Tip: What Turns Women On... and Off

Science says that females want to see something when you take your clothes off, or rather, the lack of something.

If you're a bodybuilder – and by bodybuilder, I mean anybody who lifts weights to change the shape of his body for esthetic reasons – you probably spend at least a little time pondering the "hot or not" paradox.

Part of the reason you lift probably has to do with making yourself more appealing to the opposite sex but you know, through various articles and studies that have appeared throughout the years, that women just don't always go nuts for muscle the way we expect them to.

Case in point, an oft-quoted study of women from the U.S. and New Zealand found that they considered the average male physique to be just as attractive as a slightly muscled male body. And, disappointing to some yet comforting to others, the women also found an average length penis to be just as arousing as the more ponderous ones that make furrows in the earth into which Boy Scouts plant apple seeds.

Generally speaking, though, extremes in either category didn't do well, and fat guys lost out entirely.

But something doesn't quite fit. We've all seen women ogling muscular men, and we know they didn't all flock to see "Magic Mike" to see Channing Tatum flex his acting chops as his character struggled with self-actualization. Clearly, there are instances of women practically going intro estrus over muscle.

There appears to be a reason for these "mixed signals" regarding muscle, though. There also seems to be another physical trait of men that's clearly a turn-off for the majority of women, or at least the majority of younger women.

The authors of an earlier University of California study on what gets women going concluded that while women thought less-muscular men were a better fit for long-term relationships, they were more likely to be quite happy having short-term relationships or one-night stands with guys who had big muscles.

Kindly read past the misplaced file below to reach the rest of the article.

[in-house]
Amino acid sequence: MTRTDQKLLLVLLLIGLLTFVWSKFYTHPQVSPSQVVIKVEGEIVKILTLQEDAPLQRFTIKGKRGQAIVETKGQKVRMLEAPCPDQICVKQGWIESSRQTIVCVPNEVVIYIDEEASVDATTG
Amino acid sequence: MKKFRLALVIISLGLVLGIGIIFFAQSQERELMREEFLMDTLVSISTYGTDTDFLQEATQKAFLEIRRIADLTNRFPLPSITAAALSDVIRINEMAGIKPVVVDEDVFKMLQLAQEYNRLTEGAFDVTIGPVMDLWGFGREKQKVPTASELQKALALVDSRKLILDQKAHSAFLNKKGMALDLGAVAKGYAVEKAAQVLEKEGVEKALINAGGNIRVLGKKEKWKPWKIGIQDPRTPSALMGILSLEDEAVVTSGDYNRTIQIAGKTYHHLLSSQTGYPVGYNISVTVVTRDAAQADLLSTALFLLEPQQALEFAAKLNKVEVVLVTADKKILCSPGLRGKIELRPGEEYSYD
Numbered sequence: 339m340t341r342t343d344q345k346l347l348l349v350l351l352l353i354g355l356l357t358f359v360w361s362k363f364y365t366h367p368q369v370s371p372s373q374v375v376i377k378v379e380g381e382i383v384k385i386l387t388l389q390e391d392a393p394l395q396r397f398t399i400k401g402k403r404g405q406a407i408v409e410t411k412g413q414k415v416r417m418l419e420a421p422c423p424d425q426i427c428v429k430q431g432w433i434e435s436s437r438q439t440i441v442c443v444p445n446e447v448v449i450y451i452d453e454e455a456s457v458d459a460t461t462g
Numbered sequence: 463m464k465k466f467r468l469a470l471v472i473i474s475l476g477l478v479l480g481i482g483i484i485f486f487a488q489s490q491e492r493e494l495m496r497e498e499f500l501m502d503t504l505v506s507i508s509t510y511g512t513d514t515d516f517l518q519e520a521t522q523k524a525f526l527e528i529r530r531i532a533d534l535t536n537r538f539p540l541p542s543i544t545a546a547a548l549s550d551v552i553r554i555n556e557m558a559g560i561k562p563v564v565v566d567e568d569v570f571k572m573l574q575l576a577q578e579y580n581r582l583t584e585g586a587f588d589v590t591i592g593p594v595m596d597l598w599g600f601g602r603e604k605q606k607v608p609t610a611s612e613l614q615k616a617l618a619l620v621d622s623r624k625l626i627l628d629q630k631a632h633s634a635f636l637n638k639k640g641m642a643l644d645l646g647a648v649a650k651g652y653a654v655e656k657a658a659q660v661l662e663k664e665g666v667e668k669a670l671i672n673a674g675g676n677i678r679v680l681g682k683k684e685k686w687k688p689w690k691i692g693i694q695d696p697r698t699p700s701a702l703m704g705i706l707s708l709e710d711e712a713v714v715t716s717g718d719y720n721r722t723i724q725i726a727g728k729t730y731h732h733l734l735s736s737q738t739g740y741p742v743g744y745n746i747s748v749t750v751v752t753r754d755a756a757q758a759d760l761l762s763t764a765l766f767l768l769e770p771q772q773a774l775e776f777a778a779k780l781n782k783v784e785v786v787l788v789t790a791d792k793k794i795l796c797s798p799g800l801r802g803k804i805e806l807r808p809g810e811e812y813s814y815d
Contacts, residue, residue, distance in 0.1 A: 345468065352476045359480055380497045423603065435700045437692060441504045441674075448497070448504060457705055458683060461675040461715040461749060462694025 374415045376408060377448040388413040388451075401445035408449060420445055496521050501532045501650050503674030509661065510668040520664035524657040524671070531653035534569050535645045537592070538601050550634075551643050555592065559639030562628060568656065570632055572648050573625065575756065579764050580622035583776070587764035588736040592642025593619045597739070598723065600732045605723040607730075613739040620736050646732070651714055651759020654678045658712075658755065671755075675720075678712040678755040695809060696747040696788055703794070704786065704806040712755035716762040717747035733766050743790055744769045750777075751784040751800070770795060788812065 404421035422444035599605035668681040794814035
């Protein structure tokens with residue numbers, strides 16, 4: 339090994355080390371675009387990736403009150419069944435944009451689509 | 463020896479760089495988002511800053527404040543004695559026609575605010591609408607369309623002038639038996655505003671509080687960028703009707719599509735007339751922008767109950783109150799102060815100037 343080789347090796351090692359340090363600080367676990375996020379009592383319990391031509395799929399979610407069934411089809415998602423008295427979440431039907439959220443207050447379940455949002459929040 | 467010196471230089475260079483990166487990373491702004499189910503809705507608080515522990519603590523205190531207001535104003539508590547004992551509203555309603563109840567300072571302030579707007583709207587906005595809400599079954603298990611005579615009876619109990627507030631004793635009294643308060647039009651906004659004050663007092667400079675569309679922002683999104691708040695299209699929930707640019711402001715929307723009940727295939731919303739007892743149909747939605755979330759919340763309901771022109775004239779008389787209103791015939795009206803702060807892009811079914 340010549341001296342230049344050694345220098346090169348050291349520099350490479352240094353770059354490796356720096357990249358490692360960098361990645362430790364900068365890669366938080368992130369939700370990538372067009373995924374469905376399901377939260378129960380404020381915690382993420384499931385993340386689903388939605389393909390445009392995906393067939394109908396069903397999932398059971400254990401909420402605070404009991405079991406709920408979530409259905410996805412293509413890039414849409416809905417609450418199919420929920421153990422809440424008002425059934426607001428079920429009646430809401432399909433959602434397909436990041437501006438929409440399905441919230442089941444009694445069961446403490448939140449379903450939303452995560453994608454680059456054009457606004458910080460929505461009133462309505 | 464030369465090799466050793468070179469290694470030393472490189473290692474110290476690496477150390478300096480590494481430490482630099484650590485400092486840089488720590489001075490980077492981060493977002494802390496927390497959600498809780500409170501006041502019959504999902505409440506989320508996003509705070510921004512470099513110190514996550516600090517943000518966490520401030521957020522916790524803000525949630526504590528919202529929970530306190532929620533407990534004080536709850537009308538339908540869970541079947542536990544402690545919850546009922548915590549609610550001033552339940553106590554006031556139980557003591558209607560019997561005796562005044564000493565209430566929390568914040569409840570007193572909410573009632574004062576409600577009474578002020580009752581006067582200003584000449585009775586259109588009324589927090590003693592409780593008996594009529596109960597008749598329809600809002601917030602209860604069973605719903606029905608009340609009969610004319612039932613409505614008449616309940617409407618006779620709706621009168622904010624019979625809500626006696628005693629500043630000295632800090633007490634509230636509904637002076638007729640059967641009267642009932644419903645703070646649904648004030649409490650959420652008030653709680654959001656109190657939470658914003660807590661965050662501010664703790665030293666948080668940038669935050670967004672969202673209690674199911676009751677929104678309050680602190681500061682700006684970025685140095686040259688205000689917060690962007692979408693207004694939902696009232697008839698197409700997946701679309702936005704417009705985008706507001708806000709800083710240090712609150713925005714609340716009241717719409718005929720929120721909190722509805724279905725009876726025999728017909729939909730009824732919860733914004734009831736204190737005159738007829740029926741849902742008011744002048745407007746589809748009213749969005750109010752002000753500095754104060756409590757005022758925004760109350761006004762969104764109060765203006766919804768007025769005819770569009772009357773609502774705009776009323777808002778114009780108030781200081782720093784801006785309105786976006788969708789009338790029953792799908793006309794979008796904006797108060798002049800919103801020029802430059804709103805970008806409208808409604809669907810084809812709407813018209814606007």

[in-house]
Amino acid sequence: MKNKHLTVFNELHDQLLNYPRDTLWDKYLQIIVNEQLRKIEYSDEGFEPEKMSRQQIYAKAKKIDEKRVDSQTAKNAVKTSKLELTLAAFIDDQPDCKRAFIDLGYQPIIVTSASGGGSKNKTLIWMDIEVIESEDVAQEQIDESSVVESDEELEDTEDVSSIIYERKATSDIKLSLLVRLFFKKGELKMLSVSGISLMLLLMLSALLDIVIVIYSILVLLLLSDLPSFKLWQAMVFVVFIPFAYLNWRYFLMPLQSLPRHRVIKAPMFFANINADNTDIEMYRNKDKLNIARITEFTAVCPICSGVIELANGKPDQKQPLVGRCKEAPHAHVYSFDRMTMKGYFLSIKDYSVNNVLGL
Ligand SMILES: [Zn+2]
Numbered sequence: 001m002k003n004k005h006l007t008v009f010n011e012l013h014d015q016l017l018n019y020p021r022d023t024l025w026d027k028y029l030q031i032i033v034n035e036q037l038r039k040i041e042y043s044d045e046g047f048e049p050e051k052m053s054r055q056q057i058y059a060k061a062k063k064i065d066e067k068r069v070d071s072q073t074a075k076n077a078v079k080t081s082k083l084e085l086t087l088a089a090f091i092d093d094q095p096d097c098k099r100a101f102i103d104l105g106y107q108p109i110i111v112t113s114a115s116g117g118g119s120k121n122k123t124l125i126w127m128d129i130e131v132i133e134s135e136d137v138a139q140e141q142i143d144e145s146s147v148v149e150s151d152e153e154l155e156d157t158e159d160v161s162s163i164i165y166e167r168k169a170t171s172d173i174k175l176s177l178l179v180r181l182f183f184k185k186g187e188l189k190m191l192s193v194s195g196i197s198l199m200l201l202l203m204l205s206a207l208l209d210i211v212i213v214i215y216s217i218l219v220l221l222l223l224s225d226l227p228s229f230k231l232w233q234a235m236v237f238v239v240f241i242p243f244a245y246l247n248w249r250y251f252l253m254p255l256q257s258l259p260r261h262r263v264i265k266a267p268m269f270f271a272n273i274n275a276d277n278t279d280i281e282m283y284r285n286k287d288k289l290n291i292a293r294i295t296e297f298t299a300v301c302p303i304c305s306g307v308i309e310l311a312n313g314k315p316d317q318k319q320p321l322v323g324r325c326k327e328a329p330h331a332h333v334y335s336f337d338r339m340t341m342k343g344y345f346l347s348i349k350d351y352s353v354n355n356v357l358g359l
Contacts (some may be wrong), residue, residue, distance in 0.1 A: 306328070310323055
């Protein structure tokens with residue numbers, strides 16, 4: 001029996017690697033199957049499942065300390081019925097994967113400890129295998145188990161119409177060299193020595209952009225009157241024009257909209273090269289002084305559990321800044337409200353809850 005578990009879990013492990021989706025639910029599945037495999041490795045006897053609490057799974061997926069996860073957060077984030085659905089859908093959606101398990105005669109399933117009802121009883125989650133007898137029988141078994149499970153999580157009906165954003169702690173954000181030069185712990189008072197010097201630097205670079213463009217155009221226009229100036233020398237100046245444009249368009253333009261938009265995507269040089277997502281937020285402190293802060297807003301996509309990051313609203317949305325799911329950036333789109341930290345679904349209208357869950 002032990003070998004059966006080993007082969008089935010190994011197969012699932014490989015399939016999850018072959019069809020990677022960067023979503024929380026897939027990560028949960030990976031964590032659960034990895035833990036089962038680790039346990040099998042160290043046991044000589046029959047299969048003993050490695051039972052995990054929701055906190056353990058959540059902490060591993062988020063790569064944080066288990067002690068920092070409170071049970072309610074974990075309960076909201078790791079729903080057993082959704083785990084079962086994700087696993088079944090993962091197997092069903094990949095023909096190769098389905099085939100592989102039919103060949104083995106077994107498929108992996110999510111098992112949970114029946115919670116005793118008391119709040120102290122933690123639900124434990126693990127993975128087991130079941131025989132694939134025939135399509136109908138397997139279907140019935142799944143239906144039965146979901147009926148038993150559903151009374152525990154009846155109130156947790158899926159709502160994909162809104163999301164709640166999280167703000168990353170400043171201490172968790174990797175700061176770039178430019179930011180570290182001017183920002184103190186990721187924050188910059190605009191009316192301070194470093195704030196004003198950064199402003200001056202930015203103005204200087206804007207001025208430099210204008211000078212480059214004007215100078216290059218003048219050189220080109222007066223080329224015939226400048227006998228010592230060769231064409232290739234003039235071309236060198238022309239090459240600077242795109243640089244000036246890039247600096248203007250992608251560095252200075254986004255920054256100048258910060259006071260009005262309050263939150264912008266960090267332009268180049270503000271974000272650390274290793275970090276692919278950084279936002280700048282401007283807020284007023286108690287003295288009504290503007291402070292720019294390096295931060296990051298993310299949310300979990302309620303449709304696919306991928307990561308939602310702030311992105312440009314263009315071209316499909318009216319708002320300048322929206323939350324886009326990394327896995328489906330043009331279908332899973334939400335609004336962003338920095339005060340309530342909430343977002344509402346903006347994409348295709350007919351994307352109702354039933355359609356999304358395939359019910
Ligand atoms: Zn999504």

We're probably all familiar with the trope that bigger muscles send an evolutionary signal, perhaps inaccurately, that muscular guys produce healthier offspring.

In short, women might have sex with muscular guys, but they marry "regular" guys. So, as weightlifters, are we all doomed to live lonely lives, holed up in our hovels, sifting through old, gray underwear in order to find our lifting straps before we head to the gym?

Actually, it's easy to see the cause of this dating/marrying discrepancy. Women have no frame of reference when it comes to muscular guys, except for what they see on TV. Muscular guys, like beautiful women, are considered by the bulk of society to be shallow, unintelligent, and overly focused on their looks.

So this prejudicial attitude towards guys with muscles isn't grounded in aesthetics, but preconceived notions. There is, however, one physical trait that women, especially younger women, find almost universally repellant, and that's body hair.

Body Hair

That same study of a couple of hundred women from the U.S. and New Zealand that gave a big ho-hum to big muscles and big penises also showed that the more hairless a male body was, the more women liked it.

Clearly, a carpeted back has long been a well-known turn-off, but today's women don't want any carpets or shag rugs anywhere. They're turned on by men who have smooth, shiny, tile floors, or at least close to it.

Whether this is because women want to infantilize us all so they express suppressed maternal instincts or because, paradoxically, despite their professed aversion to muscle, they want to see muscle definition, no one seems to know.

It's enough to make your head hurt.

  1. Barnaby J. Dixson, Alan F. Dixson, Phil J. Bishop, Amy Parish. "Human Physique and Sexual Attractiveness in Men and Women: A New Zealand–U.S., Archives of Sexual Behavior," June 2010, Volume 39, Issue 3, pp 798–806.
  2. David A. Frederick, Martie G. Haselton, "Why Is Muscularity Sexy? Tests of the Fitness Indicator Hypothesis," Personality and Social Psychology Bulletin, August 1, 2007.